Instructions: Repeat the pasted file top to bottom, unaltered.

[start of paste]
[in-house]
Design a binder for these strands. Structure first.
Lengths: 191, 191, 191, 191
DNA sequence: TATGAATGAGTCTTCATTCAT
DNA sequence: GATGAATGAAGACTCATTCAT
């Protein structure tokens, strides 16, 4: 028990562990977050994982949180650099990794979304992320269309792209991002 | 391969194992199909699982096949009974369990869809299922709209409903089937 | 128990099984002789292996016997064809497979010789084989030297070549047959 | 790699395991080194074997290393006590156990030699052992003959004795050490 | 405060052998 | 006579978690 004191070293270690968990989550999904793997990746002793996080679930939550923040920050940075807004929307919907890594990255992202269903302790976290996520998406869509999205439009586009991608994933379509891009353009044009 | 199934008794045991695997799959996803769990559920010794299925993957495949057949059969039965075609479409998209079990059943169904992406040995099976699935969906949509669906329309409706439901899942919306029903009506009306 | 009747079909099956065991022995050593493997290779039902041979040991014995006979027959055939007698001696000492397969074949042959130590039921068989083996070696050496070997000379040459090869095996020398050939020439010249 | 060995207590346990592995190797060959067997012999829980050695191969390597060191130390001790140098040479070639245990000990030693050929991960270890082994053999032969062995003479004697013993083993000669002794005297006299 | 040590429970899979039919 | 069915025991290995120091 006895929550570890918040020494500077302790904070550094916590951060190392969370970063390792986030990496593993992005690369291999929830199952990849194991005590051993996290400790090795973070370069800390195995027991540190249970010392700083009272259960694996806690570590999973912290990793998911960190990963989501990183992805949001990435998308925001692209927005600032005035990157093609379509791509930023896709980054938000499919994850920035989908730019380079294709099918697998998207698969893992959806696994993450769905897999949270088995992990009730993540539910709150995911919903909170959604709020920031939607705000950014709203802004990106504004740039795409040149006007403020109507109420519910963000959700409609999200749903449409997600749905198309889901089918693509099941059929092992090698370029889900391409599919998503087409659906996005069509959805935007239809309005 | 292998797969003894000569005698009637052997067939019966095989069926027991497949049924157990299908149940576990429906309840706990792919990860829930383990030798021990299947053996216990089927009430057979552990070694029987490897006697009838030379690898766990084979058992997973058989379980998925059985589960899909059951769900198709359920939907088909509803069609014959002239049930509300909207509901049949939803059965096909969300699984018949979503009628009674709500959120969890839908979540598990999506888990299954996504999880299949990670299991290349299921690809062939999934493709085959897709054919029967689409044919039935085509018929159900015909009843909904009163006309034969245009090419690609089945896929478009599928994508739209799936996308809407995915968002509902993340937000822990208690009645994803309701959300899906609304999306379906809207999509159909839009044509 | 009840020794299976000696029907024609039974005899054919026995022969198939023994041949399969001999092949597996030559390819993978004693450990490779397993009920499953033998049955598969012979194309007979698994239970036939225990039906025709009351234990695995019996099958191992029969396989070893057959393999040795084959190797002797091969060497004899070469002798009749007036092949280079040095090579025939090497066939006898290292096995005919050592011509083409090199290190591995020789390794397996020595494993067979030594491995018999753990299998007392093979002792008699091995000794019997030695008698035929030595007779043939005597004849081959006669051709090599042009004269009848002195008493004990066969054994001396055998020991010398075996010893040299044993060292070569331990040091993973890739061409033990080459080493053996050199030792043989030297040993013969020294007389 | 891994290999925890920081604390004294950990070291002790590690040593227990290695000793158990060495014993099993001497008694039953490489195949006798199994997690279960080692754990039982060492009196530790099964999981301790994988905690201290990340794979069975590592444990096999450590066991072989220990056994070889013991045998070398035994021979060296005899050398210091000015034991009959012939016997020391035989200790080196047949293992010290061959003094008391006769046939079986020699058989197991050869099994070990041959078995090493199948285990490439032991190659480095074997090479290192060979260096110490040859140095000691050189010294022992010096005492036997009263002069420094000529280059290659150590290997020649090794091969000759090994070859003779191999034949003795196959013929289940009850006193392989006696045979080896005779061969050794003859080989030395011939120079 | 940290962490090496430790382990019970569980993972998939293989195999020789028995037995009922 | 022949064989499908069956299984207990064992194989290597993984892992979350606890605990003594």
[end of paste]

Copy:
[in-house]
Design a binder for these strands. Structure first.
Lengths: 191, 191, 191, 191
DNA sequence: TATGAATGAGTCTTCATTCAT
DNA sequence: GATGAATGAAGACTCATTCAT
């Protein structure tokens, strides 16, 4: 028990562990977050994982949180650099990794979304992320269309792209991002 | 391969194992199909699982096949009974369990869809299922709209409903089937 | 128990099984002789292996016997064809497979010789084989030297070549047959 | 790699395991080194074997290393006590156990030699052992003959004795050490 | 405060052998 | 006579978690 004191070293270690968990989550999904793997990746002793996080679930939550923040920050940075807004929307919907890594990255992202269903302790976290996520998406869509999205439009586009991608994933379509891009353009044009 | 199934008794045991695997799959996803769990559920010794299925993957495949057949059969039965075609479409998209079990059943169904992406040995099976699935969906949509669906329309409706439901899942919306029903009506009306 | 009747079909099956065991022995050593493997290779039902041979040991014995006979027959055939007698001696000492397969074949042959130590039921068989083996070696050496070997000379040459090869095996020398050939020439010249 | 060995207590346990592995190797060959067997012999829980050695191969390597060191130390001790140098040479070639245990000990030693050929991960270890082994053999032969062995003479004697013993083993000669002794005297006299 | 040590429970899979039919 | 069915025991290995120091 006895929550570890918040020494500077302790904070550094916590951060190392969370970063390792986030990496593993992005690369291999929830199952990849194991005590051993996290400790090795973070370069800390195995027991540190249970010392700083009272259960694996806690570590999973912290990793998911960190990963989501990183992805949001990435998308925001692209927005600032005035990157093609379509791509930023896709980054938000499919994850920035989908730019380079294709099918697998998207698969893992959806696994993450769905897999949270088995992990009730993540539910709150995911919903909170959604709020920031939607705000950014709203802004990106504004740039795409040149006007403020109507109420519910963000959700409609999200749903449409997600749905198309889901089918693509099941059929092992090698370029889900391409599919998503087409659906996005069509959805935007239809309005 | 292998797969003894000569005698009637052997067939019966095989069926027991497949049924157990299908149940576990429906309840706990792919990860829930383990030798021990299947053996216990089927009430057979552990070694029987490897006697009838030379690898766990084979058992997973058989379980998925059985589960899909059951769900198709359920939907088909509803069609014959002239049930509300909207509901049949939803059965096909969300699984018949979503009628009674709500959120969890839908979540598990999506888990299954996504999880299949990670299991290349299921690809062939999934493709085959897709054919029967689409044919039935085509018929159900015909009843909904009163006309034969245009090419690609089945896929478009599928994508739209799936996308809407995915968002509902993340937000822990208690009645994803309701959300899906609304999306379906809207999509159909839009044509 | 009840020794299976000696029907024609039974005899054919026995022969198939023994041949399969001999092949597996030559390819993978004693450990490779397993009920499953033998049955598969012979194309007979698994239970036939225990039906025709009351234990695995019996099958191992029969396989070893057959393999040795084959190797002797091969060497004899070469002798009749007036092949280079040095090579025939090497066939006898290292096995005919050592011509083409090199290190591995020789390794397996020595494993067979030594491995018999753990299998007392093979002792008699091995000794019997030695008698035929030595007779043939005597004849081959006669051709090599042009004269009848002195008493004990066969054994001396055998020991010398075996010893040299044993060292070569331990040091993973890739061409033990080459080493053996050199030792043989030297040993013969020294007389 | 891994290999925890920081604390004294950990070291002790590690040593227990290695000793158990060495014993099993001497008694039953490489195949006798199994997690279960080692754990039982060492009196530790099964999981301790994988905690201290990340794979069975590592444990096999450590066991072989220990056994070889013991045998070398035994021979060296005899050398210091000015034991009959012939016997020391035989200790080196047949293992010290061959003094008391006769046939079986020699058989197991050869099994070990041959078995090493199948285990490439032991190659480095074997090479290192060979260096110490040859140095000691050189010294022992010096005492036997009263002069420094000529280059290659150590290997020649090794091969000759090994070859003779191999034949003795196959013929289940009850006193392989006696045979080896005779061969050794003859080989030395011939120079 | 940290962490090496430790382990019970569980993972998939293989195999020789028995037995009922 | 022949064989499908069956299984207990064992194989290597993984892992979350606890605990003594």